By Stephanie Choate
Ryan Polly finished his first marathon 250 miles from where he started it, surrounded by hundreds of local runners to support victims of the Boston Marathon bombings.
The Williston resident—whose experience in the Boston marathon ended in turmoil after bombs exploded near the finish line, killing three people and injuring more than 250—organized Get Moving For Boston, a benefit walk/run on the chilly Burlington waterfront Saturday.
Nearly 700 people joined Polly—in Burlington or virtually from across the country and as far away as the Philippines—raising $10,300. Since then, the number has climbed to nearly $14,000. The money is going to the Massachusetts General Hospital Emergency Fund for bombing victims treated there, as well as the One Fund, established to raise money for the victim’s families and continuing treatment costs.
Polly said the atmosphere at Saturday’s run was “overwhelmingly positive.” About a dozen other Boston marathon runners joined Polly, sharing a moment of silence before the run began.
“It was a really good high and I think exactly what we were hoping it could be,” he said. “People were clearly coming together as a community to help another community.”
Polly organized the run in an “incredibly impulsive moment,” he said, after returning from Boston.
“I was really sort of disturbed by everything I saw,” Polly said. “I felt really helpless and like I needed to do something.”
Within 24 hours of posting a website, Richard Vaughn of local race Zombie Run contacted him, providing logistical help. People began signing up to participate almost immediately.
“Really for me it was about proving to myself that I’m not going to allow what happened to impact me,” he said. “It turned into, ‘what can we do to help those who weren’t as lucky as I was.’”
Williston resident Rick Blount and his wife, Lesli, took part in the event.
“Everyone just wanted to do something,” Blount said. “I wouldn’t say it was a celebration, because it wasn’t, and people were very aware of the emotion of it, but I’d say maybe it was defiant.”
Blount, a lifelong runner, said he was motivated to join after someone in his biking group shared a simple but powerful sentiment.
“What he said was, ‘my kids are grown but I have two young grandkids, and sometimes I take them to sporting events.’ That was such a powerful thing to think about,” Blount said. “We all have our connections to it.”
‘MASSIVE PANIC’ IN BOSTON
Polly said he was nearing the finish line when he heard what he later learned were bombs detonating.
“I heard these sounds in the distance, one right after the other,” he said. “I thought it was a car backfiring or fireworks.”
Polly kept going until he was about 3/4 of a mile away from the finish, then “all hell broke loose.”
“It was just massive panic,” he said. “We didn’t know what to do. People kept running and were being physically pulled off the course, people dropped to the ground, everyone got on their phones trying to call their families.”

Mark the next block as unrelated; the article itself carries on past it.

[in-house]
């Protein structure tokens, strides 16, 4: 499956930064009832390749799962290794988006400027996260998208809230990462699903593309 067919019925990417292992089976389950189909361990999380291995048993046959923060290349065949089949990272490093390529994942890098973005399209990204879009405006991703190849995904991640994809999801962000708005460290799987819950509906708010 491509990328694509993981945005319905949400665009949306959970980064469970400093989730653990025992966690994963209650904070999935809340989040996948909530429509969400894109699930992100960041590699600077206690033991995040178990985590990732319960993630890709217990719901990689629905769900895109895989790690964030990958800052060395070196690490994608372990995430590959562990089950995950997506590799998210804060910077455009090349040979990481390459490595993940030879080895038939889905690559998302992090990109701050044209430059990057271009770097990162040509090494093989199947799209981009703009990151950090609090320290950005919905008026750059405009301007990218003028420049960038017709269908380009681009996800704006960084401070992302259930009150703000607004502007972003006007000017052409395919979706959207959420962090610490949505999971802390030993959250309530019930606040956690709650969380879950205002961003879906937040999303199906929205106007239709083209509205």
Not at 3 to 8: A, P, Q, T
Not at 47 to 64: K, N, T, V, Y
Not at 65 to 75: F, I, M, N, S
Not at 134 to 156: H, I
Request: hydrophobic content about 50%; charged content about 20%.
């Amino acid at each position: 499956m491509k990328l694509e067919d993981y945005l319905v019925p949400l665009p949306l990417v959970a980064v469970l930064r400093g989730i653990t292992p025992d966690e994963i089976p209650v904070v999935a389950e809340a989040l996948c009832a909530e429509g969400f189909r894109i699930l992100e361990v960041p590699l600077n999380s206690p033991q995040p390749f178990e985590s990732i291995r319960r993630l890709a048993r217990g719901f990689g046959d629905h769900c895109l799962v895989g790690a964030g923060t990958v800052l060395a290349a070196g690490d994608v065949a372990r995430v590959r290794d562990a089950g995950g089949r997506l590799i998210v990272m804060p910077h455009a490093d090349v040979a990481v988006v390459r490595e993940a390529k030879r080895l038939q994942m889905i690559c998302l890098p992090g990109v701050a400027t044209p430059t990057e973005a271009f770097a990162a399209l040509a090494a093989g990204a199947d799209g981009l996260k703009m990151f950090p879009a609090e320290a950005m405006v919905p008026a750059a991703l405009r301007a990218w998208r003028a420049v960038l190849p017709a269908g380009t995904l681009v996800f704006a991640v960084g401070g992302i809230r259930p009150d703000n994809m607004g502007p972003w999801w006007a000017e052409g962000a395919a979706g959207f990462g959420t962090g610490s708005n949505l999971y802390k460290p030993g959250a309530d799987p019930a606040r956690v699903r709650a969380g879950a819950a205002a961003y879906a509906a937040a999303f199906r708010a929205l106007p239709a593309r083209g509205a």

Polly began desperately trying to call his wife, Kel, who was supposed to watch him cross the finish line with their 21-month-old daughter, Emma.
He borrowed several different phones, but only heard what he called “deafening silence” on the line. Finally, he saw a woman who had managed to get through to someone. He glued himself to her side until she finished her conversation, then asked to use her phone. When his call didn’t go through, he finally lost it.
“I broke down and got really emotional,” he said. “She said ‘We’re going to keep trying until it works.’”
Polly finally got through to his wife after several tries.
“Once I heard my wife’s voice and she heard mine and both of us realized we were OK… we both said ‘get the heck out of there,’” he said.
On the long car ride back to Williston, the Pollys were consumed with “what ifs.”
“What if Kel hadn’t gotten stuck on the subway? What if I hadn’t had a rock in my shoe?” he said.
Polly said Bostonians were an amazing help, providing food, warm clothing, water and bathrooms immediately.
“Within five minutes of realizing something bad had happened, the people in Boston were helping,” he said.
Polly started running in 2011 to improve his health, and though he wasn’t enthusiastic at first, he is a fully converted runner now, running six days a week.
“It’s less about my health and now it’s really about my wellbeing,” he said. “If I don’t get out for a run, I can turn into a real jerk.”
Polly is signed up for the KeyBank Vermont City Marathon in May, which he said he still plans to participate in.
After the whirlwind of organizing Saturday’s run and being invited to throw the first pitch at Fenway Park Sunday, it was back to the real world Monday and onto the long process of healing.
“I think it’s going to take time to be completely over it,” he said of the events in Boston. “I don’t know if I’ll ever be over what happened there.”
For more information, to donate or to post photos of your run, visit getmovingforboston.webs.com.